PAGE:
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Wondering how others hosts would handle - discrimination issue


Pushing 50…

It’s alive and well in “The South” USA. I’m not sure where you hail from. What is more scary is all the freaks who persecute anyone who even looks anything like anyone of Arabic decent and assumes they are one of the “few and far between” Muslim extremists.

Enough on this topic. I think we all agree in our own way and on our own terms. The town I live in and the people who visit are beyond liberal and as open minded as they come as far as all walks of life are concerned. Of course here if you do not agree to be open-minded you are labeled a pariah, so the discrimination goes both ways. :sunglasses:


Yes and Milgram’s experiments suggest that we will be inhuman if we think it’s acceptable to be so. That’s the point of challenging racism. Noone suggested a personal tirade, but it would be made clear that all colours are welcome at my listing. Also the thumbs down is essential and confidential, an ideal stealth weapon for racists.
I am also thinking quiet time rules should apply to early mornings. I have never in 3 years had guests who are noisy in any way at that time, and that alone is a reason for thumbs down and low stars for house rules. I have also never needed a rule about respect for other guests etc., but the racists clearly needed one. Golly, one of my sons looks Aryan, but the other looks Latin (even though he’s not), so my own family could be a victim of bigoted guests like that.


This is not a discrimination issue. Had Mr. Loud been white, it would be more obvious that he was a blowhard who liked making noise before 6 AM. It should not make any difference what colour he is. He is sharing a house, and he needs to be more considerate in order to be a good fit. And you should not have to be an audience.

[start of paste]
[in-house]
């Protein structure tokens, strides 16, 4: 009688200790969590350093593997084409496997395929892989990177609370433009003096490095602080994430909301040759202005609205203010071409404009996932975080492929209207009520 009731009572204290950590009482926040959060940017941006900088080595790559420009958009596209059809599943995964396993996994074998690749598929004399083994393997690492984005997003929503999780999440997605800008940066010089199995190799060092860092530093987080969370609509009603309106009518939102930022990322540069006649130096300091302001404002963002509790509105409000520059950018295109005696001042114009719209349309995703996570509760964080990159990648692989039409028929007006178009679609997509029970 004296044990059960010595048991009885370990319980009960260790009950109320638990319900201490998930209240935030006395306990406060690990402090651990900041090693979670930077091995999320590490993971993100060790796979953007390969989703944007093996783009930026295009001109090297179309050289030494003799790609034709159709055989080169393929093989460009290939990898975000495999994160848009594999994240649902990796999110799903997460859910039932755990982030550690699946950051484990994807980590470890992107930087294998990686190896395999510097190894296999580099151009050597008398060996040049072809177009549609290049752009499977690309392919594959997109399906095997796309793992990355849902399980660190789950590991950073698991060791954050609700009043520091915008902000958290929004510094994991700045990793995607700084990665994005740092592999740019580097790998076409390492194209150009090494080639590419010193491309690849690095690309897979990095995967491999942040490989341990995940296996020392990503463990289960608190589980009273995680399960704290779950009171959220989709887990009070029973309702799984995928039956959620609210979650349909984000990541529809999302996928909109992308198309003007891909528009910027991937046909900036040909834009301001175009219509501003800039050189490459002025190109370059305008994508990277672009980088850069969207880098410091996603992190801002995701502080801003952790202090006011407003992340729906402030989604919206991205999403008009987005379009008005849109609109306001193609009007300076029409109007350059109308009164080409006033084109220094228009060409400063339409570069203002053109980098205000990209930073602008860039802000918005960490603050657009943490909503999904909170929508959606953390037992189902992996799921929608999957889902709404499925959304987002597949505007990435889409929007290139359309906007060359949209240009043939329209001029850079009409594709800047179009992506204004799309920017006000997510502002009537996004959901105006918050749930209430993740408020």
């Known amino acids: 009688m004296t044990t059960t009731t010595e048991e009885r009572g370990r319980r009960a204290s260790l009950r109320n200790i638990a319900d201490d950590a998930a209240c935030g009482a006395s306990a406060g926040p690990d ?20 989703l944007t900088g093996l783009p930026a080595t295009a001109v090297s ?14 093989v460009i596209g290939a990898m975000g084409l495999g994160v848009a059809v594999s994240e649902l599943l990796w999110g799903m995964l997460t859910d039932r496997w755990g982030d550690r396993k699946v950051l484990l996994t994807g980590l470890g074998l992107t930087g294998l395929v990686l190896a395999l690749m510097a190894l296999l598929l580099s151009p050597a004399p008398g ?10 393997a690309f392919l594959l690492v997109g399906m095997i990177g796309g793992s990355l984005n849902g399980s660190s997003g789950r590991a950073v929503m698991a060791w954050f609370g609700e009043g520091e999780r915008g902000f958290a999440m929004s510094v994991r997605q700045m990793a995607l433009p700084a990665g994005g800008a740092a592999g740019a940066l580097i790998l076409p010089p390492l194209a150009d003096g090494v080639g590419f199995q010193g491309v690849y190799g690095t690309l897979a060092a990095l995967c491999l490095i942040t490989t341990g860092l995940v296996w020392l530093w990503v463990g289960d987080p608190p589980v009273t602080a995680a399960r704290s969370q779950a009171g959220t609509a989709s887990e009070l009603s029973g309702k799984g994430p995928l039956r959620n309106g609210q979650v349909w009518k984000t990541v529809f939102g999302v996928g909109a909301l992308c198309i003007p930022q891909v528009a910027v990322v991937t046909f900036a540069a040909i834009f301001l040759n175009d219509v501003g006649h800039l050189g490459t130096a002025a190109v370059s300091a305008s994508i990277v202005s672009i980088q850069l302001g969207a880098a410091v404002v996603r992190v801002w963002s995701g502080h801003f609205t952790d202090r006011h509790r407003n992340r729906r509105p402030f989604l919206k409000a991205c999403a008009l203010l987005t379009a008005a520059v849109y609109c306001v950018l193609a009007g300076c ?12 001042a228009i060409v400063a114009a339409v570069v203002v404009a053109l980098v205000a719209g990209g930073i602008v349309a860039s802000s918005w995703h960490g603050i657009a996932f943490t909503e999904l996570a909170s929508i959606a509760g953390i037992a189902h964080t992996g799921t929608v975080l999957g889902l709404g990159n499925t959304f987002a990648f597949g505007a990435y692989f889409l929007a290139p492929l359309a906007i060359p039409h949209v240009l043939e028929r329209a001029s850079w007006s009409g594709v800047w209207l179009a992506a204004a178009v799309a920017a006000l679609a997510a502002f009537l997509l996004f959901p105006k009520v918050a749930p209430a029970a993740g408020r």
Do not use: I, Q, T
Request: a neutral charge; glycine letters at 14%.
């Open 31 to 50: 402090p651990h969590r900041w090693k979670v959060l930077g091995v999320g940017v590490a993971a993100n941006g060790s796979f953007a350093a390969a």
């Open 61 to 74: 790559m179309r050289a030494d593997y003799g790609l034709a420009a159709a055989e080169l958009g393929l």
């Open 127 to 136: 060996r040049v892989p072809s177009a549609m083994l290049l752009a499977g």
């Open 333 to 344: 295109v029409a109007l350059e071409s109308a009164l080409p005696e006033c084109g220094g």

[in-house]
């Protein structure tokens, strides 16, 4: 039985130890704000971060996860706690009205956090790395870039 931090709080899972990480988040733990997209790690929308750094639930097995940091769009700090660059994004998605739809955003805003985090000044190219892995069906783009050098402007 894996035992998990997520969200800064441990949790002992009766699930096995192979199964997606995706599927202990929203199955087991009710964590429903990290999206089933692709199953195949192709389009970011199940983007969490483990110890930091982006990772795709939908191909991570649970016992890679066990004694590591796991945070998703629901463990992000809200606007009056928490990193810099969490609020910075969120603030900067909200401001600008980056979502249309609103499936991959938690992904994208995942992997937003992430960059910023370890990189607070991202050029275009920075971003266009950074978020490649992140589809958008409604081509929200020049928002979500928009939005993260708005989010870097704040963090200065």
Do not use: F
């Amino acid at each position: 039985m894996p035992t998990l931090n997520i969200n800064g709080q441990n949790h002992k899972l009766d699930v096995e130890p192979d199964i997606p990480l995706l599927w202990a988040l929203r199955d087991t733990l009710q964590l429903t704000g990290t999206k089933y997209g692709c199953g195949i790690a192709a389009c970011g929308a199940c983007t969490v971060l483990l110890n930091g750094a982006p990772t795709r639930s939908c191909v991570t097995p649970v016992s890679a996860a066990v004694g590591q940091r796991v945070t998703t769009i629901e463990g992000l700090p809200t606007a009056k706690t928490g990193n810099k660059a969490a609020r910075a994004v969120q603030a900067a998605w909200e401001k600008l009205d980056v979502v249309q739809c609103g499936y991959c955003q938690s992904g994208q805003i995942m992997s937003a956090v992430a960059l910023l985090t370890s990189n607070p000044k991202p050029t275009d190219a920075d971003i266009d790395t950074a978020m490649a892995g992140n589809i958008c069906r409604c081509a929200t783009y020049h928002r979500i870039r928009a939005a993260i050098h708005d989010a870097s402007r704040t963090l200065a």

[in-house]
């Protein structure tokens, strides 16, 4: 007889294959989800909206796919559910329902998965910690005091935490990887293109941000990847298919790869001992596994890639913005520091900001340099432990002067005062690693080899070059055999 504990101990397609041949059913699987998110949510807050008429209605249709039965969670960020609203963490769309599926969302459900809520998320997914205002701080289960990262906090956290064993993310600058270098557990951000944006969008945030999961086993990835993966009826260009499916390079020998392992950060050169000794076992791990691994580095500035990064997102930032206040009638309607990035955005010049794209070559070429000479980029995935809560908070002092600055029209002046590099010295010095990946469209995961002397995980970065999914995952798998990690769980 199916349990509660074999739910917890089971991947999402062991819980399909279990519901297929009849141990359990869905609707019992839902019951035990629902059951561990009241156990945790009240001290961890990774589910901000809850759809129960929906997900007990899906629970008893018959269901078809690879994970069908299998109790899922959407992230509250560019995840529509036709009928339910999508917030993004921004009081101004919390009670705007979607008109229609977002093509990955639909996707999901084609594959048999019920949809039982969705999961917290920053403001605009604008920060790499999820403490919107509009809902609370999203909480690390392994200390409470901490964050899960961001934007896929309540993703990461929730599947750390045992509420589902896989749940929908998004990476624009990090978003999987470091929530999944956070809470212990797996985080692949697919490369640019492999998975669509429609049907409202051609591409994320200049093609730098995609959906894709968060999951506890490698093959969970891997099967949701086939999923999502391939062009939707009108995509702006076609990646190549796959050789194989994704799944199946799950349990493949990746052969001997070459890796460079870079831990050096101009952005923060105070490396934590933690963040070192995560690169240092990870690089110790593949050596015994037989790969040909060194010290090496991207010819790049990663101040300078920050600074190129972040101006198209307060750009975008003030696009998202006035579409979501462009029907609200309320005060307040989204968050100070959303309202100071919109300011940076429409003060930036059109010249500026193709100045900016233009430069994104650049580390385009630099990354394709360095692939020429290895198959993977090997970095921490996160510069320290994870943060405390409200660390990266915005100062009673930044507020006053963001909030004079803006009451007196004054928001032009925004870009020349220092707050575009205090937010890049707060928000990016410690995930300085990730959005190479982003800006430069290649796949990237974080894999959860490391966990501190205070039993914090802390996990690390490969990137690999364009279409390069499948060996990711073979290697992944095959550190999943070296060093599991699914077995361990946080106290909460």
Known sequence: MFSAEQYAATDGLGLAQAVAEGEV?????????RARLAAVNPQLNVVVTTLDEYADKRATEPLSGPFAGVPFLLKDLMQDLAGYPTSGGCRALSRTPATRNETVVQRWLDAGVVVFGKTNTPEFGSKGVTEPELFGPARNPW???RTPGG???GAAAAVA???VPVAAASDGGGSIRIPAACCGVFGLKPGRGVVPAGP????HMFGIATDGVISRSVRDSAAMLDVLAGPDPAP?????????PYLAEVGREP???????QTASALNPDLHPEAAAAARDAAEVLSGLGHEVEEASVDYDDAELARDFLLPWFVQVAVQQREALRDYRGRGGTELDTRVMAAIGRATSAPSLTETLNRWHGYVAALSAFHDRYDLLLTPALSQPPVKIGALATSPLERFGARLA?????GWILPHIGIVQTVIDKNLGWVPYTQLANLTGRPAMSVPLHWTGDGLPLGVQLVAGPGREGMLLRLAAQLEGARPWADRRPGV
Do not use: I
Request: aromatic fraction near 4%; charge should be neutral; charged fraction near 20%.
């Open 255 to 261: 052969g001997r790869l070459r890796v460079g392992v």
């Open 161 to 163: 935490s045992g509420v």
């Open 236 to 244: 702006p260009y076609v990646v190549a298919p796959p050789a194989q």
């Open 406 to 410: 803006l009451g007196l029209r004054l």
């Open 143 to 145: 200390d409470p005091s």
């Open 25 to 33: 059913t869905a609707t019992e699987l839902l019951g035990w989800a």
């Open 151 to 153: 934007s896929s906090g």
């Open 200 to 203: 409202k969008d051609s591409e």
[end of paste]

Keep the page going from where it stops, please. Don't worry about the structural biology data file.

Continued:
I myself would calmly explain that most people are still in bed, and noise should be kept to a minimum. Also, subjects such as race, religion or politics may not be suitable in a home environment where many different people and walks of life are present. I would add that as a host I would find them uncomfortable. If he is going to mouth off and say, “I will say anything I like!” it’s time to ask Air to ask them to leave. But he could just as easily go back to bed!


As a host, I would want to read about this sort of behavior in a review so that I could choose not to host them. We all make mistakes in who we choose to book eventually, but the daughter doesn’t deserve to have that shit put entirely on her. But it still needs to be noted IMO. I suppose you could say something like, “(account holder) was perfectly fine, but her parents made such-and-such racist remarks etc.” if you wanted to avoid saying explicitly that you violated TOS.


Thank you all for your thoughtful responses. After careful consideration, I left a public review that stated facts, just not all facts, because I am of the opinion that the daughter shouldn’t necessarily be called out for her parent’s behavior.

I left her private feedback letting her know her parents, and hence she, if she continues to book for them, may find themselves unwelcome in other hosts homes, given his racist remarks. I also explained that her dad put me in a difficult situation, given my downstairs guests. I told her that we gladly welcome people of all races, religions, nationalities, colors, ages, sexual orientations and so forth into our home and prefer guests that feel the same.


I think some hosts would absolutely choose to host that couple, for a chance to show them the error of their ways


You can’t show blind people anything.


oh god, I know. Case in point, this week, my best mates mum said that a muddy child looked like an ‘N’ word.
“you can’t say that mother!”
“Oh I can” she winked.

Where would you start! The sweetest little old lady, lost her husband year ago, happy to be a bigot.